Echeverias: the indoor evergreen for houseplant-haters

Pots of echeverias with Verbena bonariensis Credit: Jonathan Buckley

Echeverias are perfectly matched to those of us who love plants in our lives, even now in midwinter, but are not the best at caring for houseplants.

I’m sorry to say, much as I love the house to be full of green – or grey – leaves in winter, when so much time is spent inside, I am excellent at killing things, forgetting to ­water for too long and then guiltily overdoing it.

These glaucous evergreens have a strong architectural presence – Spirograph crossed with Meccano set – and look just as good now as they do at the peak of summer. June onwards is when they flower, their coral plumes erupting and staying handsome for several months, but their plump rosettes are full and curvy at any time of year. And, the key thing is, echeverias truly are indestructible, or as near as you can get to that with a living organism.

They’re the plant that can be sent off with your child when they first leave home and like the idea of something green to take care of. I’ve tested this a few times and the pot comes back from a university room desiccated, the outside leaves crunchy, but the good old echeveria is still, just about, alive. Cactus play this role well too, but all too often come with lethal spines, whereas echeverias are brilliantly benign.

Echeveria elegans Credit: Jonathan Buckley

Originating from semi-desert areas of Mexico, echeverias are able to ­survive with only the most ­occasional ­watering and in fact the commonest cause of problems is not under, but overdoing it.

What to watch for

The only thing one needs to know is that they’re not hardy. If kept dry, echeverias will survive in the lightest of frost, but much colder than freezing and most turn to mush. You can keep them on a sunny window ledge or doorstep, even all through the winter with the shelter of a building, and as long as you remember to bring them in for the colder and wetter nights, everything will be fine. And inside, they’ll put up with almost whatever conditions you put them in.

This troop of plants is super drought resistant, but if you want to do well by them, they do even better with a fortnightly deep watering and an occasional liquid seaweed feed during the main growing season. This enriched watering once a month from May to September will perk them up  no end.

Echeveria 'Blue Prince'  Credit: Jonathan Buckley

We’ve grown Echeveria elegans here for a few years and I love it, but last spring, with more and more interesting varieties available, I decided to branch out and try several others.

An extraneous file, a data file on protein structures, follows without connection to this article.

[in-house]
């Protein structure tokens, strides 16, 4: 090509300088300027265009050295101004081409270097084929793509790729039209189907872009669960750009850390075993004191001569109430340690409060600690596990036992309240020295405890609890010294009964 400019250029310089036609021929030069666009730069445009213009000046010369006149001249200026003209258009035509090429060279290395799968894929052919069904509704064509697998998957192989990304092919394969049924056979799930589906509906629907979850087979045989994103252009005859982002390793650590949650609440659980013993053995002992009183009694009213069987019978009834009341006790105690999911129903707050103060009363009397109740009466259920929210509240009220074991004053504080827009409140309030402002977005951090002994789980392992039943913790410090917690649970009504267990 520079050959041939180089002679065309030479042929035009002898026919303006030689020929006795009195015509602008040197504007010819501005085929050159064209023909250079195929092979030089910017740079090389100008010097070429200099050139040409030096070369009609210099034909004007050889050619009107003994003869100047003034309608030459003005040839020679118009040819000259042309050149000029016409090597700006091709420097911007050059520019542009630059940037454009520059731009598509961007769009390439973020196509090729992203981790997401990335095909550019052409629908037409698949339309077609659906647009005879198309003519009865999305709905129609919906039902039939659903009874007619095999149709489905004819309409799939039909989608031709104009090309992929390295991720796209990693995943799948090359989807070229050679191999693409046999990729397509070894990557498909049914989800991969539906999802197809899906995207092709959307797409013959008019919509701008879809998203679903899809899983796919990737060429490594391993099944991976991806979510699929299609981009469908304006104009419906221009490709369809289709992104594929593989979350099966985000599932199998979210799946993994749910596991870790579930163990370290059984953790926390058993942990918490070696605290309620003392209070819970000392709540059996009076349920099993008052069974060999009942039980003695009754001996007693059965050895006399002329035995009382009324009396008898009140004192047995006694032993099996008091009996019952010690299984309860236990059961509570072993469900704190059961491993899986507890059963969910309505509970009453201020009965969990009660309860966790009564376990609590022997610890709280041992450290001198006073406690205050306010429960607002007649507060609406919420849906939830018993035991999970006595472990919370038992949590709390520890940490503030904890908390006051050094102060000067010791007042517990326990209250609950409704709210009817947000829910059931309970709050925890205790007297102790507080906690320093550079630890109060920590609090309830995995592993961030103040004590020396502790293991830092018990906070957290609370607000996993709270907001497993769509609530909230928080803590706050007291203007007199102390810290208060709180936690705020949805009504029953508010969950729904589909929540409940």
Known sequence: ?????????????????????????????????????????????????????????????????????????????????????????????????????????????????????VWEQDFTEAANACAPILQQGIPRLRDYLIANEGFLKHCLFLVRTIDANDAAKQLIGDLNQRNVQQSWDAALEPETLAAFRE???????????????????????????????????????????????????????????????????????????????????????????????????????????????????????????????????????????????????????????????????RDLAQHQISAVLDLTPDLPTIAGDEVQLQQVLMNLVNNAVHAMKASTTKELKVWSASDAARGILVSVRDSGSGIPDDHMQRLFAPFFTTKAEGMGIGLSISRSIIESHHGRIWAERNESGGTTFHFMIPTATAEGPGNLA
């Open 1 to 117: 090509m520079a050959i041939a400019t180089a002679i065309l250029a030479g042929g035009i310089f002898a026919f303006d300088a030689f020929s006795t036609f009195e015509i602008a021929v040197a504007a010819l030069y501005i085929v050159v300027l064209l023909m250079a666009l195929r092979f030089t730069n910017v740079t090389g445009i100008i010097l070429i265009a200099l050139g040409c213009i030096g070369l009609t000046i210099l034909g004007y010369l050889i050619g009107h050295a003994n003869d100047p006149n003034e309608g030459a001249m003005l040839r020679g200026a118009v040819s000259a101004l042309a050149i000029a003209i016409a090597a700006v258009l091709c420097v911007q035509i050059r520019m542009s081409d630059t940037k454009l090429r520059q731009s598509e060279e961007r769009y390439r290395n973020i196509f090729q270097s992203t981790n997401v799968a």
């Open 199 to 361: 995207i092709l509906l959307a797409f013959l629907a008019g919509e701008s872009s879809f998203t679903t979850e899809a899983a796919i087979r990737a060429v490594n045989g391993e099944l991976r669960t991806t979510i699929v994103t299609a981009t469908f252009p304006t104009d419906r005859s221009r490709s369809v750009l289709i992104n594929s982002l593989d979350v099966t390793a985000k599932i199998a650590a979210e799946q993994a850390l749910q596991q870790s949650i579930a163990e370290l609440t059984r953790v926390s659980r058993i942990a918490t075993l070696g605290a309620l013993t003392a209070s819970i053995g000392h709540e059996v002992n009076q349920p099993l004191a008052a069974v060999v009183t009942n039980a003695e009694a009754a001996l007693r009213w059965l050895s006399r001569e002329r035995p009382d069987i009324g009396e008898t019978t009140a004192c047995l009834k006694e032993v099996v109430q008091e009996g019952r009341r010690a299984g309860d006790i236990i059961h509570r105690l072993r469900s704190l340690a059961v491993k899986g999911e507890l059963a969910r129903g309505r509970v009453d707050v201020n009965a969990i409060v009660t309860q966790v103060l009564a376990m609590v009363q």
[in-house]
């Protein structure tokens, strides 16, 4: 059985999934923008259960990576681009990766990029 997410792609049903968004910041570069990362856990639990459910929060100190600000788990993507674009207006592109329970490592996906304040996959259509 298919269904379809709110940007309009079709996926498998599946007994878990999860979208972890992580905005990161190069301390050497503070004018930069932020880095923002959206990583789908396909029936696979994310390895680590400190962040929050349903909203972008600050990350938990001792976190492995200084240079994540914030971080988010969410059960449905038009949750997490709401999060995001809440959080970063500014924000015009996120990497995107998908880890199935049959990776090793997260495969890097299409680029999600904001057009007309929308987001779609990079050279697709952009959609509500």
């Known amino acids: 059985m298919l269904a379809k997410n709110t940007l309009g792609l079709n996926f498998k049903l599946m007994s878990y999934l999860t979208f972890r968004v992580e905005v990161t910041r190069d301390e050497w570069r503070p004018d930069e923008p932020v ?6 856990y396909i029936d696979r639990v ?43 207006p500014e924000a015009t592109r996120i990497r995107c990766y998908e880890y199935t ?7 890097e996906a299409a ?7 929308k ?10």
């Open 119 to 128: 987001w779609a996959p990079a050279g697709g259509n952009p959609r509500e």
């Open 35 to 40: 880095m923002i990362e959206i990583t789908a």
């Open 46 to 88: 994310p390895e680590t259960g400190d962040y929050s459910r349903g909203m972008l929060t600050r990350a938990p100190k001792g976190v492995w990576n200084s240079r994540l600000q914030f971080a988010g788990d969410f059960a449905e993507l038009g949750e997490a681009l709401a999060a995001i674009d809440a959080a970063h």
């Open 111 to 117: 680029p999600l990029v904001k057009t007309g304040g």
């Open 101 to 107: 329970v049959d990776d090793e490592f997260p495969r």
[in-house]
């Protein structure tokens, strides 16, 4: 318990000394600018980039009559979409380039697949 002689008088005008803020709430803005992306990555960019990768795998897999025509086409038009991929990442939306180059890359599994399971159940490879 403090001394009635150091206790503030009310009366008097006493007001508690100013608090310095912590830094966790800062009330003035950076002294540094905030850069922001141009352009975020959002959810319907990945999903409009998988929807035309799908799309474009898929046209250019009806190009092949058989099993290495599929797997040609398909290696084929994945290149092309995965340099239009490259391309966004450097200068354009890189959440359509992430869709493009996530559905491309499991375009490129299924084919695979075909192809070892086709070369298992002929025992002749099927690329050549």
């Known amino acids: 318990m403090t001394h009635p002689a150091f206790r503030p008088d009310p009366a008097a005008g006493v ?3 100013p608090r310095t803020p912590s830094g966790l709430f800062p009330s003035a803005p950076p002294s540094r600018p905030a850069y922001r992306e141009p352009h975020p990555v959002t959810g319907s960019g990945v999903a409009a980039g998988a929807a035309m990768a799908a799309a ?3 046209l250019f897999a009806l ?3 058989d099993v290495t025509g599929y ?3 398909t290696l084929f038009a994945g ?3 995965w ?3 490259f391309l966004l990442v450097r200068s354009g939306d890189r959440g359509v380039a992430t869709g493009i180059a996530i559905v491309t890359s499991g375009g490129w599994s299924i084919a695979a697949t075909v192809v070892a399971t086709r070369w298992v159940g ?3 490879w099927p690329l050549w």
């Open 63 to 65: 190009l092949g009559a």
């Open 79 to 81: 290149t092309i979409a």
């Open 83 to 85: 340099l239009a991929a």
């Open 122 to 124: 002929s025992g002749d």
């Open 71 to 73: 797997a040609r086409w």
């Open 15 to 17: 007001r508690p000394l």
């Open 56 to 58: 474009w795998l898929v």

With a reputation of putting up with less than ideal growing conditions, I wanted to experiment with them in a series of slightly tricky sites. The first place is on a zinc-topped table, filling a terrace outside our kitchen which we look at every day. This is the most exposed place at Perch Hill, open to the west and regularly blasted by wind and rain. I love to have a line of pots there to give us some colour in the view and an interesting silhouette.

We’ve tried several other, known to be tough, pot plant families. One year pelargoniums, the next erigerons, then violas and tulbaghias, but they’ve all struggled with the degree of exposure combined with the amount of heat coming off the zinc surface on a hot day.

Echeveria trial-winners 

So how did the echeverias fare here? In a range of different shapes, heights and sizes of terracotta pots, they made a handsome looking family and have been a triumph, looking strong, healthy and handsome from the moment they were placed there in May until we brought them in out of the wet and cold in the middle of ­November. Transferred ­inside as house plants, even in our very dark farmhouse sitting room, they’ve gone on looking good and giving me a plant lift every day.

Echeveria 'Duchess of Nuremberg', Pachyphytum bracteosum and Senecio serpens in a window box Credit: Jonathan Buckley

We also had echeverias on our main eating out ­table in the Dutch yard last year. Here it was good old Echeveria elegans, planted in a series of flat, shallow trays, some circular, some with a wavy, scalloped edge to the pot. The rounded terracotta edges turned out to be a good visual match to the curviness of the echeveria. Compact and low-growing, they were ideal as living table centres and were happy with truly minimal TLC.

We’ve also filled window ledges with mixed coloured pots filled with single Echeveria elegans “pups”, as well as several window-boxes around the place with mini desert scenes, ­mixing echeverias with the similar easy-going, rubbery crew of sedums, aeoniums and the glaucous senecios. These have all come into the greenhouse now, but are still looking good.

In total contrast, I have them mixed with forced hyacinths and ­paperwhite narcissi, each plant in its individual pot, but massed together and racked up in the greenhouse on a plant theatre, to cheer us through January and February. The echeverias give a bold, evergreen architecture, a contrast to the pretty bulb froth, the inanimate boulders through which the scented bulbs are flowering away.

I’ve been loving that vague imitation of a spring Mediterranean hillside scene and would recommend it to anyone – even the-kiss-of-death, non-green-fingered plant lover – for next winter.